Guest Post by: Kathy Timbs
Trying to keep things normal for a traveling nurse is like trying to keep a toddler out of the kitchen. It’s impossible. You learn to go with the flow and do the best you can on any given day. Doing it with a child, especially a teenager, can be even more of a challenge some days. My daughter has learned to be self reliant and is excelling at her school work. She is blossoming in many other ways. She has found an actual love for history that was never there before this opportunity. She has a thirst for knowledge and is excited for each and every outing we have been on thus far.
On this day, we decided to take a little trip to Montpelier. I just have to say that as a “foreigner” to this area, I had no idea that there is a town, of the same name, that is no where remotely close to the actual house. We had a two hour detour, but we enjoyed all the scenery and listened to music the whole way. The deal is that I let my daughter jam to any music she wants to listen to as we drive. I can tell you that I now have heard way more rap then I have heard since 1990. This is, by no means, the same kind either. To be fair, I have also heard many other genres of music also. She is not only expanding her horizon on history but also her music.
Today’s journey takes us to Montpelier. This was the home of James Madison. I had no idea how intelligent he truly was. His thirst for knowledge was astounding! He read over 600 books before he wrote the Bill of Rights and the constitution. He wanted to know why other countries failed and tried to set up outs so that it would not.
Madison was a frail man and never had any children of his own, just his step son, John. He was a small man, only 5’4”. When he had his home built he owned many slaves. He wrote about feeling guilty for not being able to free them. We toured the plantation. We toured all the slaves quarters. We toured the basement, that had many pictures of the descendants of slaves from that home. We had a picnic lunch under the trees off to the side of the slave quarters.
The day was spent thinking about how hard of a life it was for slaves. We talked about what he could have done differently. We talked about how much knowledge he had. We talked about the journey it must have been for people back then to ride in carriages or on horse back from Washington to his home. If it was a few hours by car, it would have been a weeks or more by horse, or longer by carriage. It was a very different lifestyle. Things we take for granted, like driving to the grocery store for food or hopping on a plane to visit family, was so much more of an ordeal back then. People saw classes and not humans. People were extremely racist. We talked about that in great detail. We have a hard time trying to fathom what they went through. We can only just imagine by walking through their quarters and reading their letters. The Historical society has done a fantastic job at rebuilding their area and making it more accessible to learn and see firsthand their living conditions. They have interactive maps in the basement and recordings in the quarters re-enacted by people to give you the history of the actual people that once lived in that area. You walk away with a sense of wonderment. How could any human do to another human what was done. It is an important part of our history that must be shared and understood. I am so glad we made this journey.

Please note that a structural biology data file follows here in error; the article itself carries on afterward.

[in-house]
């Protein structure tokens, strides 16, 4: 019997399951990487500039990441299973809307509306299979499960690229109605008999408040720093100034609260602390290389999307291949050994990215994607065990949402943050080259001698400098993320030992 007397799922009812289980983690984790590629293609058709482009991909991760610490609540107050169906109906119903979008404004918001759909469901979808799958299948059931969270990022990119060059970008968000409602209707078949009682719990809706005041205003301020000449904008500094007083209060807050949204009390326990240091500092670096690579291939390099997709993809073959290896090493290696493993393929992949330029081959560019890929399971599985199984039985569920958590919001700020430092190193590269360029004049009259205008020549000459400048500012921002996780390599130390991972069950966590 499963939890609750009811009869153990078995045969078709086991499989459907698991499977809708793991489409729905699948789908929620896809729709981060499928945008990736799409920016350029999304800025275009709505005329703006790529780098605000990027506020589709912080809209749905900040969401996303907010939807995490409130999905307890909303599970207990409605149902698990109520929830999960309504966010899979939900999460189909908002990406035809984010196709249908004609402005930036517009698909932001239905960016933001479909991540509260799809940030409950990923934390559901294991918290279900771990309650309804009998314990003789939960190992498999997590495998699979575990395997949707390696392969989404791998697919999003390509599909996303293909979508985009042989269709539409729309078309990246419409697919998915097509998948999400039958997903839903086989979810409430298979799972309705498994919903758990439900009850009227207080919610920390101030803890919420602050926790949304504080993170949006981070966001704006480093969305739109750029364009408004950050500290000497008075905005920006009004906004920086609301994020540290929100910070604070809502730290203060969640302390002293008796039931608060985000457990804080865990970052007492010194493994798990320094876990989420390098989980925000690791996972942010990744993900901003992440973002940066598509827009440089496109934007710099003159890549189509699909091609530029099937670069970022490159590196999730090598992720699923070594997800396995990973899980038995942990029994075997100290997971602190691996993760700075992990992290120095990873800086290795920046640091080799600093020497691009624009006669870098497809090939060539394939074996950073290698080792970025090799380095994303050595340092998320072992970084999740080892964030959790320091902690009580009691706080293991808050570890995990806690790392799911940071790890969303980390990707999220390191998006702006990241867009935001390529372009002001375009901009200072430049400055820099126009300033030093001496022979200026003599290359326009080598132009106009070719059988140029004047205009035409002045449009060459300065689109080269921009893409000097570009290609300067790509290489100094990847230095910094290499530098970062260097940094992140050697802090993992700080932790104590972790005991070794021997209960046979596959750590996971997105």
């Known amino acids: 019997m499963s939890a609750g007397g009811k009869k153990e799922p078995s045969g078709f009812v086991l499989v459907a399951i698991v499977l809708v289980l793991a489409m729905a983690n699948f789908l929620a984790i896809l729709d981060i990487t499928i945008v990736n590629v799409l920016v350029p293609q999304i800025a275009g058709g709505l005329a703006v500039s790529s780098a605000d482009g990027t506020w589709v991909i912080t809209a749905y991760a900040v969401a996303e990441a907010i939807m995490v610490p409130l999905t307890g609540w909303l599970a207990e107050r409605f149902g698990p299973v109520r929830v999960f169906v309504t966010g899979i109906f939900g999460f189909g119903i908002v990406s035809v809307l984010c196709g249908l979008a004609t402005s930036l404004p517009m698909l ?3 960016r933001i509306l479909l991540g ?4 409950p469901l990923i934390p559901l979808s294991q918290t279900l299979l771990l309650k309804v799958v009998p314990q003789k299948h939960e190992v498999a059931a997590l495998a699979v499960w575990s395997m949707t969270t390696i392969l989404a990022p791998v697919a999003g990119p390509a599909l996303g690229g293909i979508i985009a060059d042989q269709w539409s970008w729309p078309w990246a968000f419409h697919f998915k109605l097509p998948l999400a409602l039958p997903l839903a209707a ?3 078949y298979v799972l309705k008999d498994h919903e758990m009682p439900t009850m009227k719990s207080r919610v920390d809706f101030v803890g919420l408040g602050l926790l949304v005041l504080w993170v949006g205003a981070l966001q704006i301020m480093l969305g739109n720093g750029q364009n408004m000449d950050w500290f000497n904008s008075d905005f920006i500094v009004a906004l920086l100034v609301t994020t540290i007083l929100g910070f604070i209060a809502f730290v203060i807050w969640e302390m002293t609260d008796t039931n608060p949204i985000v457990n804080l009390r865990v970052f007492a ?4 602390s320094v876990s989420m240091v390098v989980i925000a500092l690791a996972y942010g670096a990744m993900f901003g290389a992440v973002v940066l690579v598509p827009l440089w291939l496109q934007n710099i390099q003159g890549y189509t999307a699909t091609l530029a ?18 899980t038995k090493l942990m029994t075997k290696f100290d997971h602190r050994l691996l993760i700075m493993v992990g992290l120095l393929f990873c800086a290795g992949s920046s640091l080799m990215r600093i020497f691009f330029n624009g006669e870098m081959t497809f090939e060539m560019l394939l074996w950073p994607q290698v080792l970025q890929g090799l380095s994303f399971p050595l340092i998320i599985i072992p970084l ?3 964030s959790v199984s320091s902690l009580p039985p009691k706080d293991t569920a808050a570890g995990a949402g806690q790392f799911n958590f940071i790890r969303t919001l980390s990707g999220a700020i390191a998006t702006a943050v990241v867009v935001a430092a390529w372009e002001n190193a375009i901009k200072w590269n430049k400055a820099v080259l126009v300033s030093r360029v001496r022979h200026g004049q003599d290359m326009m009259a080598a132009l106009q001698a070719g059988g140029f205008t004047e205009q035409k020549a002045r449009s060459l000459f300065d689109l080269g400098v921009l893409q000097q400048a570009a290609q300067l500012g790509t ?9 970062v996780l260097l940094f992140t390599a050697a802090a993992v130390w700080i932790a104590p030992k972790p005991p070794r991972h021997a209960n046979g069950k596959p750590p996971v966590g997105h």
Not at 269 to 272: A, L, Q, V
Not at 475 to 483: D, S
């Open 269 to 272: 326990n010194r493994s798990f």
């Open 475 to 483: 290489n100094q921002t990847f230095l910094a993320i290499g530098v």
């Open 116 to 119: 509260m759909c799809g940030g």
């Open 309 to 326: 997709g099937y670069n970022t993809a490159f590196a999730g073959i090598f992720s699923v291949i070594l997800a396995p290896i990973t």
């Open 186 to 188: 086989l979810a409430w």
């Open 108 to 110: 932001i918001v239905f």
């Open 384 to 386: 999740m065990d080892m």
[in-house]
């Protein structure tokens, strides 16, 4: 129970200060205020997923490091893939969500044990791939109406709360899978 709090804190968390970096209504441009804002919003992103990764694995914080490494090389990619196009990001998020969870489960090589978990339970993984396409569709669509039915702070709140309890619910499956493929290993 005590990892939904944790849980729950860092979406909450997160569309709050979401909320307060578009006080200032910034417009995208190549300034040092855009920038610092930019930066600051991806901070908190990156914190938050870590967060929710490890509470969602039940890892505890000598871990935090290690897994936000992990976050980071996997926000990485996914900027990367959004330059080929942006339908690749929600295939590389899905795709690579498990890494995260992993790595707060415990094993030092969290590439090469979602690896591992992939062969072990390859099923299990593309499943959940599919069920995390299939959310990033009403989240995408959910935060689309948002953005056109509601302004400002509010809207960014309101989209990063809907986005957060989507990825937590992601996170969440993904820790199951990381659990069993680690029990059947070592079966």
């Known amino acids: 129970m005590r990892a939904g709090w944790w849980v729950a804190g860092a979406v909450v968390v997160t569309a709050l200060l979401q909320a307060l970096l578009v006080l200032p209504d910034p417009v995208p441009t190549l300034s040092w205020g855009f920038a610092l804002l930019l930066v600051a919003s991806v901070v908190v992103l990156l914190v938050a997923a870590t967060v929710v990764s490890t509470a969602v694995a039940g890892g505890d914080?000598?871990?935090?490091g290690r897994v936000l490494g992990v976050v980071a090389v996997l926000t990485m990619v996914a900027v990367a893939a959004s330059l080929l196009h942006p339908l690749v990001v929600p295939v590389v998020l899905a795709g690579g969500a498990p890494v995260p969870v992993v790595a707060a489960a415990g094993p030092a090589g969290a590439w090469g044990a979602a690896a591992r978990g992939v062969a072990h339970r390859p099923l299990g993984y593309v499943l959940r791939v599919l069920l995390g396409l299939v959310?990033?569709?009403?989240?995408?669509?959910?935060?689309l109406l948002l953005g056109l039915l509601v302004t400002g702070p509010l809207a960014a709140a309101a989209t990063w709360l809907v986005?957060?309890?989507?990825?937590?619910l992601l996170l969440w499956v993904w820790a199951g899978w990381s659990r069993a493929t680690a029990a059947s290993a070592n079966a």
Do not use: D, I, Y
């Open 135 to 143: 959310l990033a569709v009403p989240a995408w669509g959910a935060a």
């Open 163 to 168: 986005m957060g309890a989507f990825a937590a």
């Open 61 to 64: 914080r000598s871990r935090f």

As we were leaving, we saw these wonderful barns. It used to be where horses were kept. In the 1980’s the estate was bought By the DuPont family. The daughter, Marion DuPont Scott (married to the famous western actor Randolph Scott) had many barns built. She was an avid horse rider and lover. She ended up bequeathing the home to the state for preservation.
At the end of the day, we learned more about our nations history than we ever knew. The ability to travel has opened my eyes to a whole other side of life and history that I would not have known. I continue to look for pieces of history that we can tour and learn from each and every day off. This continues to be a giant learning lesson for both my daughter and for myself.
And so the journey continues….